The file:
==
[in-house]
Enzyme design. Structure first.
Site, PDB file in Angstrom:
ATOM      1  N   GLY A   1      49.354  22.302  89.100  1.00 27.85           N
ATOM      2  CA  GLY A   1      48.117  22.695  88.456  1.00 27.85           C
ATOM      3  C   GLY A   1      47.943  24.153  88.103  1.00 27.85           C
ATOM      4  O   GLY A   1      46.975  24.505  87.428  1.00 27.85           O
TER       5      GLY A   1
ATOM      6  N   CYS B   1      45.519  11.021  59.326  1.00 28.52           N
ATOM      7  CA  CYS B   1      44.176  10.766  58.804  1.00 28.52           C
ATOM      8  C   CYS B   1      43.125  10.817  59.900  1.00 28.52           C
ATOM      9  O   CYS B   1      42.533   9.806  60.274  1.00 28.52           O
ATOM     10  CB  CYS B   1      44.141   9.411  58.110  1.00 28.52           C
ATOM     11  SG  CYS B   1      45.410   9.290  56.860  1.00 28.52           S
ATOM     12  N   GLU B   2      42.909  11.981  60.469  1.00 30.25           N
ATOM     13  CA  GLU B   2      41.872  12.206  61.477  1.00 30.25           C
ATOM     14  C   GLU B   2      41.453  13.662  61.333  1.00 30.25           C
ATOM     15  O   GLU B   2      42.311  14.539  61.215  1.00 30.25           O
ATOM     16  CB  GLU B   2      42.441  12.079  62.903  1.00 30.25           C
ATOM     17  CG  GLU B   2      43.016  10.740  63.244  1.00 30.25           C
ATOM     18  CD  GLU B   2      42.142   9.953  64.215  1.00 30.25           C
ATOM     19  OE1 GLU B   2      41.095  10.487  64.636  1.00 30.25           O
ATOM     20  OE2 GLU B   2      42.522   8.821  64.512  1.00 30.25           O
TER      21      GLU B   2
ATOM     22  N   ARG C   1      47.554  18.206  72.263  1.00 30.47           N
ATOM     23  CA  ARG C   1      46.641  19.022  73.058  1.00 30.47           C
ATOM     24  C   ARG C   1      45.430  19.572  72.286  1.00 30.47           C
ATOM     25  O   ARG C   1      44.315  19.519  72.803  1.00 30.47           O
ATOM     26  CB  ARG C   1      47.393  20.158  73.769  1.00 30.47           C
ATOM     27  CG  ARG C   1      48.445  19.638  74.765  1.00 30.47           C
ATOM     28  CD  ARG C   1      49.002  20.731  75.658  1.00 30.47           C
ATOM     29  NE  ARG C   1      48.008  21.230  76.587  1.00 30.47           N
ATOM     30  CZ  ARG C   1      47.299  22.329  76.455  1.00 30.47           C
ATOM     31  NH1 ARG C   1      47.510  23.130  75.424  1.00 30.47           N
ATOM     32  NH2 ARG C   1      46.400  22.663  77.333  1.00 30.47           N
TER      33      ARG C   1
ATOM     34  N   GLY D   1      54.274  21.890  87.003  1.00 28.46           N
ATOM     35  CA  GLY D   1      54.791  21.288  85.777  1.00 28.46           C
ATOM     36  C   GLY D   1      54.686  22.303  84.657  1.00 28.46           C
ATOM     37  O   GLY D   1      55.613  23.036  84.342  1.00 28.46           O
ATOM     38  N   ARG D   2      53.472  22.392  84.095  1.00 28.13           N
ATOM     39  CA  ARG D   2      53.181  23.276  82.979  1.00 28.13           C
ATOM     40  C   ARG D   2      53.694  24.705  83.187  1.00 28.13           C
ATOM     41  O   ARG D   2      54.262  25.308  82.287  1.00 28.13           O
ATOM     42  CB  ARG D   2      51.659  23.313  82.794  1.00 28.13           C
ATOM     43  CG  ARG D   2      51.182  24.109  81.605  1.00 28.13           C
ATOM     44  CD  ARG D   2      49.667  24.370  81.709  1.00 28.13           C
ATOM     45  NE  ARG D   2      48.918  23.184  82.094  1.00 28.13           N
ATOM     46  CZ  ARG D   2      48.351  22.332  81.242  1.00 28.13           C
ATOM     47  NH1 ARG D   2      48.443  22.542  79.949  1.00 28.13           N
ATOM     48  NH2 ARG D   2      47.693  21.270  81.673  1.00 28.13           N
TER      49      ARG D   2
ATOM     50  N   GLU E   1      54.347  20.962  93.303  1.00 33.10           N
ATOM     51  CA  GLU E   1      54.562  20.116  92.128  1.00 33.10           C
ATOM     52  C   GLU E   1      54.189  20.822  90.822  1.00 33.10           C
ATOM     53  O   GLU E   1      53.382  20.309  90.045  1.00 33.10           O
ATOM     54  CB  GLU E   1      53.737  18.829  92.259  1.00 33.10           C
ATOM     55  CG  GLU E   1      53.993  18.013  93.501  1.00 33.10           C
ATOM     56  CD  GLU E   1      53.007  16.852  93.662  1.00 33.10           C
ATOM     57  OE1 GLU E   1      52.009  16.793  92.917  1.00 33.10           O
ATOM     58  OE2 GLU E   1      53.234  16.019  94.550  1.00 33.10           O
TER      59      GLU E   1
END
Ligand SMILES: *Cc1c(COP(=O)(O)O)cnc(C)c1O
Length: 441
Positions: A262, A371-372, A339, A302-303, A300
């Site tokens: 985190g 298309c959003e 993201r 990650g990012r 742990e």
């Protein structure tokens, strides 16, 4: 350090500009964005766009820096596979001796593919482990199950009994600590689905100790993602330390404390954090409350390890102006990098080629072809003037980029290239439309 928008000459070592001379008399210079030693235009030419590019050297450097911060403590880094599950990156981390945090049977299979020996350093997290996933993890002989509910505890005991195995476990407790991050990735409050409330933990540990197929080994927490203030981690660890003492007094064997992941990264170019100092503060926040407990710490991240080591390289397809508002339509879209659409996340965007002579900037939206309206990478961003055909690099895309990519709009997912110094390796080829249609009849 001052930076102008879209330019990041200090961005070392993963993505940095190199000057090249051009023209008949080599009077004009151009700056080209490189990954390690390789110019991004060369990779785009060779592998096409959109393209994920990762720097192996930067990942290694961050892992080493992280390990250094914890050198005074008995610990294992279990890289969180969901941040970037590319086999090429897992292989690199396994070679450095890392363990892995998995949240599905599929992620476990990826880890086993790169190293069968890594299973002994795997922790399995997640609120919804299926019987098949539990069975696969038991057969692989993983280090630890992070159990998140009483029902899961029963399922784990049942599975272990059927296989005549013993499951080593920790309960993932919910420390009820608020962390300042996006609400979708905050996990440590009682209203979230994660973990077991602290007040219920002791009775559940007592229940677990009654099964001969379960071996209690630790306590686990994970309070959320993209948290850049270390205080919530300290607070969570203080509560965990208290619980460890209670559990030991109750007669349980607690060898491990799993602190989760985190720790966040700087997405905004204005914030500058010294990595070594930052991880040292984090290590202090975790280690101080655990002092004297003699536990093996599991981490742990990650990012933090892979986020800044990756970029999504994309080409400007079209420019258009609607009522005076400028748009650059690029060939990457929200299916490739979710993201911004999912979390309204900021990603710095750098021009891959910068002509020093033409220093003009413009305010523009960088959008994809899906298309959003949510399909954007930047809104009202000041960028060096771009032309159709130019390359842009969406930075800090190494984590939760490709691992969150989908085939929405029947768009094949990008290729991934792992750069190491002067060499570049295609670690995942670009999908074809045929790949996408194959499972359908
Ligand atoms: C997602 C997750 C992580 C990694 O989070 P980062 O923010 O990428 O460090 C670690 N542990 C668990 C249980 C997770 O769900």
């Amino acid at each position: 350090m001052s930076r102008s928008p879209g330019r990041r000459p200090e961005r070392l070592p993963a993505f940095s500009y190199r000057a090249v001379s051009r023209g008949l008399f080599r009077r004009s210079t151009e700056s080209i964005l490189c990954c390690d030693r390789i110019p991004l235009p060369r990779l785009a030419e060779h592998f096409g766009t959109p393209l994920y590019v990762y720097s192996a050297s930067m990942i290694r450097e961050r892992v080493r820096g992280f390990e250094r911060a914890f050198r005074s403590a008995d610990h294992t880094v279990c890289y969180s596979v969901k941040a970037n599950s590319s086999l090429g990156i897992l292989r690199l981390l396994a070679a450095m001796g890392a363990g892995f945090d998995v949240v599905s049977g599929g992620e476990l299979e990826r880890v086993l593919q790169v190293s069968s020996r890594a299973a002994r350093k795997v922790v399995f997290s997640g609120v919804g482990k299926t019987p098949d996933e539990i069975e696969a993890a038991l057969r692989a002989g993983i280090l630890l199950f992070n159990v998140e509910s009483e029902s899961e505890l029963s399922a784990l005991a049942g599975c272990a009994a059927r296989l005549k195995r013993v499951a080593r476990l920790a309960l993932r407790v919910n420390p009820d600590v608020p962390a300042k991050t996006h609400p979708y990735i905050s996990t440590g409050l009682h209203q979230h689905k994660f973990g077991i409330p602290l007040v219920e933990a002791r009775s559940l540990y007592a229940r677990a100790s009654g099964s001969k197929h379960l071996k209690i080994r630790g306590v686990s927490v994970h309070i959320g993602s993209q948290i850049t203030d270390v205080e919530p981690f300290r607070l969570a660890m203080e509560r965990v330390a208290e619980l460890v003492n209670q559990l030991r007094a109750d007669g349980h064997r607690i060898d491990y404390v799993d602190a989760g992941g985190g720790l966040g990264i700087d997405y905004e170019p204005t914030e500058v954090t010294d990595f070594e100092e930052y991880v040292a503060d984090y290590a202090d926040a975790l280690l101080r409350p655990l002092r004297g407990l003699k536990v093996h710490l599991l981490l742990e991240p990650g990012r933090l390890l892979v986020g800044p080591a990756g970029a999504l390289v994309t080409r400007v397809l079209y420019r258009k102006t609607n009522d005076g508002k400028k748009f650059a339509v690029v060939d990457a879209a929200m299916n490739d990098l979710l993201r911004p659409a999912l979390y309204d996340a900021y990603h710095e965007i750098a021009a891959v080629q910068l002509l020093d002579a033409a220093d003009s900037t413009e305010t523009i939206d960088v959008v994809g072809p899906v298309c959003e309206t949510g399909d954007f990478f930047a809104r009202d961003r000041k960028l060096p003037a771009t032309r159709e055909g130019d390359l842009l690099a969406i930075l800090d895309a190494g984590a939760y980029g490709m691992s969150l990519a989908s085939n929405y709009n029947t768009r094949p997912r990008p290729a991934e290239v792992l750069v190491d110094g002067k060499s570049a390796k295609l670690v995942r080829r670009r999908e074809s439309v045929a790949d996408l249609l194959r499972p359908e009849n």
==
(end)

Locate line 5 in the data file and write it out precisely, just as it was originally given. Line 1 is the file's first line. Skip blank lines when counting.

ATOM      2  CA  GLY A   1      48.117  22.695  88.456  1.00 27.85           C